November is always a busy month for the FE world, not least because the sector’s AoC Annual Conference thrusts FE policy into the spotlight.
This year looks like being no different with the Chancellor’s Autumn Financial Statement, details on the education and skills component of the Growth Plan, an updated Skills Investment Strategy, a participation strategy for 16-24 year olds, a new form of Employer Investment Funding and a new Strategy around Innovation, along with some follow-up activity to the series of consultation papers issued over the summer, all likely to follow in quick succession over the next few weeks.
Not all of course will be announced at the sector’s annual gathering, the Chancellor’s Statement and accompanying Growth Plan have for instance been earmarked for the end of the month, but it’s a sign of how much activity is building up around the sector. Broadly this change can be seen in five areas.
First, changes to the skills system itself with a review of some agencies such as the SFA, a change in remit for others such as HEFCE and the UK Commission and a change in name and status for others such as the YPLA. Part of the drive here is to free up providers so that they can be more responsive to their customers rather than to Government Bodies.
FE is being primed for a key role in skilling the country for growth”
A similar approach is happening at sub-regional level with the development of Local Enterprise Partnerships (LEPs,) Enterprise Zones, Business Coaching for Growth and, in some areas, the introduction of local mayors, all in varying degrees tasked with leading local development and regeneration where possible.
Second, changes to the provider system evident in the creation of new players such as UTCs, Technical Academies and sector-based Work Academies for younger learners and National Skills Academies and Skills Centres and a network of Technology and Innovation Centres for the adult and business market. The drive here seems to be to strengthen some of the delivery infrastructure around key industries, renewable energy and cell technology for instance under Technology and Innovation Centres, while providing competitive options for learners within mainstream provision.
Third, some changes to the funding system, taking place of course against a difficult set of financial constraints. Obvious issues here have been the reductions in capital budgets, the ending of the EMA system, the piloting of outcome incentive payments and the trialling of direct apprenticeship funding for some large employers.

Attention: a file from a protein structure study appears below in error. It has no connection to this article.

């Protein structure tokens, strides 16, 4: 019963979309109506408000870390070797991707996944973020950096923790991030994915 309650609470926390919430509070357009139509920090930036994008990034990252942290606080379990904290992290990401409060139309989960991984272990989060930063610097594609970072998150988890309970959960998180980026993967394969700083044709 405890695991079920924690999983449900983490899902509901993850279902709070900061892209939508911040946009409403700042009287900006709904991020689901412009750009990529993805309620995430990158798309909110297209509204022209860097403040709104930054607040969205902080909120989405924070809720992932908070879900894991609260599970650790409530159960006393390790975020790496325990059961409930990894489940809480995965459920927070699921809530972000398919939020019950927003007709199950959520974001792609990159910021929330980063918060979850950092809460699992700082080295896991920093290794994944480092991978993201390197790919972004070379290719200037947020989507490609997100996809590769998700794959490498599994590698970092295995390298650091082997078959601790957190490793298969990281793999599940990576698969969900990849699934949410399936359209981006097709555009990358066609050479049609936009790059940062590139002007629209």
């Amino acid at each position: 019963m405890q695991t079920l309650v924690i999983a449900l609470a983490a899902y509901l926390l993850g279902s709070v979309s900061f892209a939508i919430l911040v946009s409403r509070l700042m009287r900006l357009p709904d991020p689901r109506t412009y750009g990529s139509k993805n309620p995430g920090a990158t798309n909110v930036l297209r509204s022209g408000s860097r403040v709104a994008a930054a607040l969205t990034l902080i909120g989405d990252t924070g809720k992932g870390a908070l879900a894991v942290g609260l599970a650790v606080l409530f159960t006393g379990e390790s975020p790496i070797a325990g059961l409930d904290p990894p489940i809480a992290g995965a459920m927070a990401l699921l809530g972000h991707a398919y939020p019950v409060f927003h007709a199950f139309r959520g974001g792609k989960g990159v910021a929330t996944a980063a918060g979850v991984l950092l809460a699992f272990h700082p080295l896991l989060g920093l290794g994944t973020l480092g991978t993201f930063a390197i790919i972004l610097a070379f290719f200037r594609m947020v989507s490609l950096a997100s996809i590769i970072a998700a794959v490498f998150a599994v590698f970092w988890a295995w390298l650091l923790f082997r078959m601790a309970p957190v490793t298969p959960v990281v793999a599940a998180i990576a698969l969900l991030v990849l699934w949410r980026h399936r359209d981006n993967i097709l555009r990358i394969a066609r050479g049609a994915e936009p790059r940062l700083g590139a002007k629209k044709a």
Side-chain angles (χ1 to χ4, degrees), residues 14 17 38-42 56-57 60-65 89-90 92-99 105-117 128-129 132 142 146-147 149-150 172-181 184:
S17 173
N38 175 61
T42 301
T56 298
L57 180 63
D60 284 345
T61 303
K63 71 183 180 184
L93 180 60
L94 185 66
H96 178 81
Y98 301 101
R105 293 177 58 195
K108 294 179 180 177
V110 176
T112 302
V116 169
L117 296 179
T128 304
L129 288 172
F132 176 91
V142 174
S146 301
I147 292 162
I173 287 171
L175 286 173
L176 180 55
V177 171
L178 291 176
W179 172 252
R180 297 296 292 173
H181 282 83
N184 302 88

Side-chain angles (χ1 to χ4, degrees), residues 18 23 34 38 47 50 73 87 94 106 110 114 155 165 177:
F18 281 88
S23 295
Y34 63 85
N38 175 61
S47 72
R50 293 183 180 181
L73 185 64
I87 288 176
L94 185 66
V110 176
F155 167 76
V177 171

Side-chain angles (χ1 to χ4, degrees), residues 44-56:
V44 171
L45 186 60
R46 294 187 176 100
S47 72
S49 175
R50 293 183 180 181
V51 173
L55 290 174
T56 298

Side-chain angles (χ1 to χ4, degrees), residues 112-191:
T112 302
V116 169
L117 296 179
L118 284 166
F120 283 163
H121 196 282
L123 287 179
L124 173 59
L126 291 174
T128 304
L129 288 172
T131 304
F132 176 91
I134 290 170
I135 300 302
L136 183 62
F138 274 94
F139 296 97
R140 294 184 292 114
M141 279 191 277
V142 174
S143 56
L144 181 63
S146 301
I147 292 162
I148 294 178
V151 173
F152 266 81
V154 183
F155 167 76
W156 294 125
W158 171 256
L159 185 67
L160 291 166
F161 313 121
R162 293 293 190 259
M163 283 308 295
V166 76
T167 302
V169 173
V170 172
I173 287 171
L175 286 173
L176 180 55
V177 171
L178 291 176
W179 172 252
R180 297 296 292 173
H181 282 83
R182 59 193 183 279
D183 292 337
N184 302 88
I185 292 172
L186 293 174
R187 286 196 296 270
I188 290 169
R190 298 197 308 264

Simplification of the funding system is now set for 2013/14 with equalisation of the 16-19 funding playing field due to follow the year after, but a pressing issue for many is the shift towards a fee loan system for higher level provision from 2013. The drive here appears to be sharper targeting of core funding, a focus on outputs and an increasing shift in the burden of funding from the state to the consumer for higher level provision.
Fourth, some changes to learning programmes with new design principles being introduced for all 16-19 learning programmes, continuing emphasis elsewhere on basic skills and Level 2 provision, a big push on qualifications that align with labour market needs and growing demand for employability and training programmes. Policy debate continues about the case for a Tech Bacc, about the nature of apprenticeship provision and about ways of enhancing employer provision but the big drive here, as with much of the education world is the quality of what’s on offer and the emphasis on teaching standards.
Fifth, some changes to performance management with a reduction in blanket measures such as uniform annual self-assessments and other audit reporting and a shift towards institutionally derived measures with external referencing in areas like progression and destination analysis along with ‘customer’ responsiveness.
At the same time, Ofsted is conducting its own consultation on inspection arrangements for the FE sector while an independent review looks into professional membership arrangements. The drive here therefore is a reduction in centralised performance measurement and reporting in favour of a system that is more targeted and increasingly institutionally driven.
In summary, FE is being primed for a key role in skilling the country for growth; more Dick Whittington than Cinderella.
By Steve Besley